The World Health Organisation is about to get tough with the global tobacco industry.
Delegates at a conference next week on controlling tobacco with ties to the business could be refused credentials and ejected, according to an internal document seen by Reuters.
The proposal, if adopted by the full Framework Convention on Tobacco Control at the conference in India, could affect delegates sent by countries like China and Vietnam, where governments own cigarette companies or promote tobacco growing and have in the past sent representatives linked to the industry.
Any such members of the 180 delegations at the November 7-12 conference near New Delhi ‘would be requested to leave the premises’, according to the October 17 ‘note verbale’, an official diplomatic communication, from the WHO FCTC secretariat on behalf of the treaty's leadership group to its parties.
At the last WHO FCTC conference, in Moscow in 2014, China's 18-person delegation had four members from the ‘State Tobacco Monopoly Administration’.
At the 2012 conference, in Seoul, two of eight Vietnamese delegates were from the ‘Vietnam Tobacco Association’.
When asked about the letter, a Vietnamese government official who declined to be identified told Reuters there would be no industry representatives in their delegation.
China's ministry of commerce did not immediately respond to a request for comment.
The proposed restriction highlights a growing battle between the industry and backers of the treaty, which went into effect in 2005 to guide national laws and policies in an effort to curb tobacco use, which kills an estimated 6 million people a year worldwide.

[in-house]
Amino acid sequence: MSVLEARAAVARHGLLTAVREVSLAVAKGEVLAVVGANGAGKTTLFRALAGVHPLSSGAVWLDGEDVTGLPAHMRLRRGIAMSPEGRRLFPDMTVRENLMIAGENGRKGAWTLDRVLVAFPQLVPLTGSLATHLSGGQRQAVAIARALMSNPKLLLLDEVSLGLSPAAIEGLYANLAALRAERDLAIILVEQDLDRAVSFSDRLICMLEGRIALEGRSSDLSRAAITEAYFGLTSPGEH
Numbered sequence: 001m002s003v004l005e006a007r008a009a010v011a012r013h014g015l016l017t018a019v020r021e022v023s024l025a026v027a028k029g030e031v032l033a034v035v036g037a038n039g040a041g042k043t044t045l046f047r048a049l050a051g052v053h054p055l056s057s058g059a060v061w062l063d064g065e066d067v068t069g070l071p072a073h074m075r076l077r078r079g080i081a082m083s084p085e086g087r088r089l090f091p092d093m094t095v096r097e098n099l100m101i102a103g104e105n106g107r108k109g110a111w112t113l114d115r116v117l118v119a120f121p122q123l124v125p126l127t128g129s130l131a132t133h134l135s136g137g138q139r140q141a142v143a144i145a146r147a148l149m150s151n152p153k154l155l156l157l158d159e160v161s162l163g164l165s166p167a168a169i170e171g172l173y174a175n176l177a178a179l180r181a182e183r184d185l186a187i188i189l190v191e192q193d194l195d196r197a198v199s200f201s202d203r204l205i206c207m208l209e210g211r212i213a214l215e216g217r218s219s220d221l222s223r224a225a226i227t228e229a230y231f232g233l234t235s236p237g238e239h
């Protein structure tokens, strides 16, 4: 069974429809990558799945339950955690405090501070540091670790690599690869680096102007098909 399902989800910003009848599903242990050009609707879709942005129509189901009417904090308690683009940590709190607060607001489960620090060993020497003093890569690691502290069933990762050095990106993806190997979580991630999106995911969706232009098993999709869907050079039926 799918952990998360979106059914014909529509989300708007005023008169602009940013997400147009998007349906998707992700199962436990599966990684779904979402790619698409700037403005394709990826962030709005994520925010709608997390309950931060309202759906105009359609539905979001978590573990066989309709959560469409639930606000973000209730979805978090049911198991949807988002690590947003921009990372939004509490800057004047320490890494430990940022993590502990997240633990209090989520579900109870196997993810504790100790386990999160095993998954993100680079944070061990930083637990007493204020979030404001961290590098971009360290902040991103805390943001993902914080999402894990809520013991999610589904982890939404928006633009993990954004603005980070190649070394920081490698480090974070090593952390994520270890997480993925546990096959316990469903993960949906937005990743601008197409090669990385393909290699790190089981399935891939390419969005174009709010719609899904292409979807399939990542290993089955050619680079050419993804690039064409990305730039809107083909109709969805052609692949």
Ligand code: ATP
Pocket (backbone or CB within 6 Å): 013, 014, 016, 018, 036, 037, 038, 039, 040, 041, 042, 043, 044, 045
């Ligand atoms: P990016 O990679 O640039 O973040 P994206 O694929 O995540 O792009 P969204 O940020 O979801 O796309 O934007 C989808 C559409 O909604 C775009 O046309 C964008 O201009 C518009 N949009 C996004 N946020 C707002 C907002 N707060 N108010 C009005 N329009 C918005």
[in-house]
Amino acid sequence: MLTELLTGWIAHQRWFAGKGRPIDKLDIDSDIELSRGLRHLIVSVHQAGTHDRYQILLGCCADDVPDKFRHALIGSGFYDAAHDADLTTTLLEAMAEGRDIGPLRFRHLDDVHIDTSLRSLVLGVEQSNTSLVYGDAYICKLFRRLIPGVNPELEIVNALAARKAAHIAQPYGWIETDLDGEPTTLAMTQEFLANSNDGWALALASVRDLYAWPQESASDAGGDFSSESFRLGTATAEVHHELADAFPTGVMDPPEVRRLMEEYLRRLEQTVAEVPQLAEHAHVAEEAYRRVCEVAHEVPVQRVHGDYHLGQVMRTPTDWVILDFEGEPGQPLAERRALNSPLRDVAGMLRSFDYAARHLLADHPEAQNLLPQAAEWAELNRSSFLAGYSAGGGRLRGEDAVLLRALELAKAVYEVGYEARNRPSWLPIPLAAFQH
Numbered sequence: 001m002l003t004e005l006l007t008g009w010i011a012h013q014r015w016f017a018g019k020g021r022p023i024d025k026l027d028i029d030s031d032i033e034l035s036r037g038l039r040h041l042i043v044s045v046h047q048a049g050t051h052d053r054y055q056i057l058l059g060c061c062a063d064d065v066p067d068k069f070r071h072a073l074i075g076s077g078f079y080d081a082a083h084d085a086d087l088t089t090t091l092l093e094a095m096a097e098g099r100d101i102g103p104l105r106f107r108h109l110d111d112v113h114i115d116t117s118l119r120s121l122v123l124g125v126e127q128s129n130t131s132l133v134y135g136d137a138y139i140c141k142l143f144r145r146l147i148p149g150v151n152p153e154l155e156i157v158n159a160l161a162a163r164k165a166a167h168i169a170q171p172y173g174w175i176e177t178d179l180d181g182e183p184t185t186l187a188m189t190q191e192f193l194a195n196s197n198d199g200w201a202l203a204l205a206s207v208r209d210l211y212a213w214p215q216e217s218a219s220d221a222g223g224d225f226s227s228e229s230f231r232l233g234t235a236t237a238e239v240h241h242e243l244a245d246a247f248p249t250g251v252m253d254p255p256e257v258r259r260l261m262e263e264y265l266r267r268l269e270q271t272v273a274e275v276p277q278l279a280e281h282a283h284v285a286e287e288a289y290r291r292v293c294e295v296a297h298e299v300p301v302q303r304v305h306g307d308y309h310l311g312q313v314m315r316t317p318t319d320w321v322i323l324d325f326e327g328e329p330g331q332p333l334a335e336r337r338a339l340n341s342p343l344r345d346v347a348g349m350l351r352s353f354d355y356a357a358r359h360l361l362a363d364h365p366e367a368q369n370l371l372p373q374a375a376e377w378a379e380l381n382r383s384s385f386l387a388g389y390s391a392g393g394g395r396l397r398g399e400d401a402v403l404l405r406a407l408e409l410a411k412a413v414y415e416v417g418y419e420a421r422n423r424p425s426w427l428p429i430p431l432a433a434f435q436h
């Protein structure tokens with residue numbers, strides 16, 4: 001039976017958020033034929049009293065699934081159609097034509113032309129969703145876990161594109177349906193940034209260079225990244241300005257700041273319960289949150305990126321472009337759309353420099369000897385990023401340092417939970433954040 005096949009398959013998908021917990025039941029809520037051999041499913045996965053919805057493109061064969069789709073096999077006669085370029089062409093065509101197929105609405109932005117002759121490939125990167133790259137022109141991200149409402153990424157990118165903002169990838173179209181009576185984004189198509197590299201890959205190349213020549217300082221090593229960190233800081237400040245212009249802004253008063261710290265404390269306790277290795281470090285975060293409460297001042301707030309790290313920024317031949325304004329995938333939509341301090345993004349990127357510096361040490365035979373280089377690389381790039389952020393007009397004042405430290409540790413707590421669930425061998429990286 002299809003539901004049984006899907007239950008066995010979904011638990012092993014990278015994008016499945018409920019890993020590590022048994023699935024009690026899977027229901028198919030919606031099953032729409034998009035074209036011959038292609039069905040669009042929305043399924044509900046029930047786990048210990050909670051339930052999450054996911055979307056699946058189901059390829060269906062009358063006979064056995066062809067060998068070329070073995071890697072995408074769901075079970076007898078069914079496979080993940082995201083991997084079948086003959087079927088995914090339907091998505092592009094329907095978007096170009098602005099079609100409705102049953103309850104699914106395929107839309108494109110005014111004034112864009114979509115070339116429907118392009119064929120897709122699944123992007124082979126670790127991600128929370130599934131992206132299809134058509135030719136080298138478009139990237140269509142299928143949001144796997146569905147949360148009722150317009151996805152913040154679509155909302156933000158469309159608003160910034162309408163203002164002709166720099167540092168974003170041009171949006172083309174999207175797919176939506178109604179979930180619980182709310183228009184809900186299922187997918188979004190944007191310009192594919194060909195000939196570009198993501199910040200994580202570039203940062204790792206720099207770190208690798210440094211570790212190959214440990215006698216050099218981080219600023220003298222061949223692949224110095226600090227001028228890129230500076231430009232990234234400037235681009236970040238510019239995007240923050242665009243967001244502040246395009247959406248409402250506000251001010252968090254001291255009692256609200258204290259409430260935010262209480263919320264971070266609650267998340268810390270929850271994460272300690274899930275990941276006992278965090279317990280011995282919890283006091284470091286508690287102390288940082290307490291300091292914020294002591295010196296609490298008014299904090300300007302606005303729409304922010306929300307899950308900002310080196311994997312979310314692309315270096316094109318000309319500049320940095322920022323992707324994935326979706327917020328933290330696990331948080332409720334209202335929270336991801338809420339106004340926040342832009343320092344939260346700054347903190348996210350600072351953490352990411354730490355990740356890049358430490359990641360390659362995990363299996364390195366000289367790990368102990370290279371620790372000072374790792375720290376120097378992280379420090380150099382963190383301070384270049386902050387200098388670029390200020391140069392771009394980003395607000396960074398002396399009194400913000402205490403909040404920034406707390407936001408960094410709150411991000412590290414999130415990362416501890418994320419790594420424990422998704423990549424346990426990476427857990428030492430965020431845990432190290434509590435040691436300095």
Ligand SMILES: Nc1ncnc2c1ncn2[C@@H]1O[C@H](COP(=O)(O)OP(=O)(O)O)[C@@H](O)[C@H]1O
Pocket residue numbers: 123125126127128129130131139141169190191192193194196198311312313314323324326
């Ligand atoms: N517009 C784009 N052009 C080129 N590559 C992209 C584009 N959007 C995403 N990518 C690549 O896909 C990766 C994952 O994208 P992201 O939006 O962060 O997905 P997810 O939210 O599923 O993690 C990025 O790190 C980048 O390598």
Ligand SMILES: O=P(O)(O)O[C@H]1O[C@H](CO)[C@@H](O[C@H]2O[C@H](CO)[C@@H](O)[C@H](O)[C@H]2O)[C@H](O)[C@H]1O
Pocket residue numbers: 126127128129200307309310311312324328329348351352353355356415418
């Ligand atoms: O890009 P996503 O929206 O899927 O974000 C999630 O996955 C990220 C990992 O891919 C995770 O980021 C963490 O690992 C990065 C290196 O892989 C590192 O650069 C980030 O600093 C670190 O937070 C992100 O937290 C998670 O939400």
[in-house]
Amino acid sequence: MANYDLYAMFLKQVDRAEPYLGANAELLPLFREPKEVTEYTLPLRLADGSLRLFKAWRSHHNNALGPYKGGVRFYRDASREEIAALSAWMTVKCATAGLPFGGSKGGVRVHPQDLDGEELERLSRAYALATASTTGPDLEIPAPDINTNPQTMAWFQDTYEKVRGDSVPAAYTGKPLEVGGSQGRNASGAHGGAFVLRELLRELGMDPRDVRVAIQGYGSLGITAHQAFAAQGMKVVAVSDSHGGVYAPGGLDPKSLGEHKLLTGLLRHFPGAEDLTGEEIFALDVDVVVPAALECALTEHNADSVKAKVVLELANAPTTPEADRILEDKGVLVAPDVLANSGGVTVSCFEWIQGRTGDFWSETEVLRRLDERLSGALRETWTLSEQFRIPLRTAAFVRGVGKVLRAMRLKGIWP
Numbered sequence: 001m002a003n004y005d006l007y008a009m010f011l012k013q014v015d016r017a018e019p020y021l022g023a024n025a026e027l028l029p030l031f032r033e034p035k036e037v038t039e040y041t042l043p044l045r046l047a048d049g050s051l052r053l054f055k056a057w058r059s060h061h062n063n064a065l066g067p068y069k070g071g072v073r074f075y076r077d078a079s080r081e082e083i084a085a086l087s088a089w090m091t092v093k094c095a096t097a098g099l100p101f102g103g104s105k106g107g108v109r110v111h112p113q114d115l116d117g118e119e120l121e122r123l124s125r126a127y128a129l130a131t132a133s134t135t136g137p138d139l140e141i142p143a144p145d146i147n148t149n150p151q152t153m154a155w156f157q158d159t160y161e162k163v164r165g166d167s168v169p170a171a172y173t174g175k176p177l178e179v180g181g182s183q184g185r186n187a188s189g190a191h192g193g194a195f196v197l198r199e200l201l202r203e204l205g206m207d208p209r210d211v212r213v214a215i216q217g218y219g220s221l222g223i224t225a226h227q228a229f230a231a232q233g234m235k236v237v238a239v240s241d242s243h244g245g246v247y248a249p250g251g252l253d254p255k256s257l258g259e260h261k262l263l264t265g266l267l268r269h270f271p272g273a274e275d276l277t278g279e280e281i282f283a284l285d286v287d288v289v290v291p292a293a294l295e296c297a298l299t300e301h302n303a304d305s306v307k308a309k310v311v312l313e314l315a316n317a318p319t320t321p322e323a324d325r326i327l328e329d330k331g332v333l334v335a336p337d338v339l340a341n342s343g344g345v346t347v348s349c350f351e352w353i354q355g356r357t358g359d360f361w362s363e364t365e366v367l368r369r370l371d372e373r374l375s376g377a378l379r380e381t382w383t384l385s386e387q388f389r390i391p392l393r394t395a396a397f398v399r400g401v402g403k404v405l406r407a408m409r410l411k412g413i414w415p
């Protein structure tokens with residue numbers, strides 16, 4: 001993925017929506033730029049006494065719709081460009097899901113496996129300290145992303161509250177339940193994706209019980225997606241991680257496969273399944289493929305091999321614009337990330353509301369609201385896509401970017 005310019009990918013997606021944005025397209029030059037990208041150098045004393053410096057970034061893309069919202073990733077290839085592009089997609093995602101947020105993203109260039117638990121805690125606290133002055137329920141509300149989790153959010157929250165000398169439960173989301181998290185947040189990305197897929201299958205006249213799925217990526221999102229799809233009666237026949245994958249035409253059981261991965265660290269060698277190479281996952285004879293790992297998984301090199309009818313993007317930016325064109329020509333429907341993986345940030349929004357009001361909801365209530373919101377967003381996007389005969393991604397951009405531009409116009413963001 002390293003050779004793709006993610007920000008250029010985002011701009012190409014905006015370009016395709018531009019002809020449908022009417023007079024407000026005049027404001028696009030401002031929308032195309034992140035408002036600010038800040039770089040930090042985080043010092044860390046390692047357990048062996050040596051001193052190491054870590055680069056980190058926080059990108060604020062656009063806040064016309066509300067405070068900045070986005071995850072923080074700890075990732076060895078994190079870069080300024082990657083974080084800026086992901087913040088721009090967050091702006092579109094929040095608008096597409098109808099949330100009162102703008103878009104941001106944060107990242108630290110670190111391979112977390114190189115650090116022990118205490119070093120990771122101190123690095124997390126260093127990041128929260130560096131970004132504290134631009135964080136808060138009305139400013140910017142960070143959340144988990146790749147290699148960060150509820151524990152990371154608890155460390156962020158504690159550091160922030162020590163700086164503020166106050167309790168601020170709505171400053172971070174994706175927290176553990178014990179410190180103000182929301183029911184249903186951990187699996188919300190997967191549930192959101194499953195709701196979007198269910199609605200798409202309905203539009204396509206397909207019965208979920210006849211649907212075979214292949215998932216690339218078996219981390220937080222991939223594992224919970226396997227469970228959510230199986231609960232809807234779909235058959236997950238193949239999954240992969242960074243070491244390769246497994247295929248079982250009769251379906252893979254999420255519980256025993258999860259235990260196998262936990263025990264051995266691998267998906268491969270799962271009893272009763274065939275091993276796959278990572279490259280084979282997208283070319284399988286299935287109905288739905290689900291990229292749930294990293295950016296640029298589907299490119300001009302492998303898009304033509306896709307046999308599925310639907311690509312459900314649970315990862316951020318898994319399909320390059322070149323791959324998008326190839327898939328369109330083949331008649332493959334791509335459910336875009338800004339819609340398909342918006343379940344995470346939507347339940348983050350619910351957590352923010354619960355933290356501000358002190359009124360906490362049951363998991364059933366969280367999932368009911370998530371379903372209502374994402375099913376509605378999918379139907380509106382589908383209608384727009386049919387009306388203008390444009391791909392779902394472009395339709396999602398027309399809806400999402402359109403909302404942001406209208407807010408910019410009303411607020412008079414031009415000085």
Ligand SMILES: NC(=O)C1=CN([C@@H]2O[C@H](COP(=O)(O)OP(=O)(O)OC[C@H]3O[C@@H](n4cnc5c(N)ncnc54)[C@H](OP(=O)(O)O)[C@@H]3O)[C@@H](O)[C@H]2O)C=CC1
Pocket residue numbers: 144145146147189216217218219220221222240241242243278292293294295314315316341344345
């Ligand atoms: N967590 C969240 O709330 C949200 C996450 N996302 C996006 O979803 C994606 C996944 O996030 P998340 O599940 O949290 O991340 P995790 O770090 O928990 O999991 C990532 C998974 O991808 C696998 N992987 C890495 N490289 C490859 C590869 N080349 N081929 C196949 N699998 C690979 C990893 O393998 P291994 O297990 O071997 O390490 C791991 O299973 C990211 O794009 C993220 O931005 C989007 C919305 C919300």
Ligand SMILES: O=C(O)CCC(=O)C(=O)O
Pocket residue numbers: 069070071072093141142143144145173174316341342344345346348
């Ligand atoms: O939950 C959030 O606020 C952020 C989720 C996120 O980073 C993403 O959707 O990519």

The global tobacco industry is estimated to be worth nearly $800 billion this year.
The International Tobacco Growers Association, a nonprofit group partly funded by big international cigarette companies, said the proposal was ‘beyond the wildest imagination’.
António Abrunhosa, chief executive of the group and a Portuguese tobacco grower, said in an email to Reuters that such a step was ‘unthinkable for a United Nations agency’.
John Stewart, deputy campaigns director at Corporate Accountability International, a Boston-based advocacy group that has supported tobacco-control efforts, praised the proposed restrictions.
‘The tobacco industry has really forced parties and the secretariat into a corner,’ he said in an interview.
‘This is a bold good-government action to ensure that the treaty space, the place where public health policies will save millions of lives, is free of tobacco industry intimidation.’
Issues for debate at the conference include alternative livelihoods for tobacco farmers, e-cigarette regulation and trade and investment issues.
The secretariat earlier wrote to the treaty's party nations asking them to exclude people with tobacco interests from their delegations.
In the latest note, the secretariat said it then turned to a FCTC leadership group for guidance after receiving a number of nominations from countries that ignored the suggestion.
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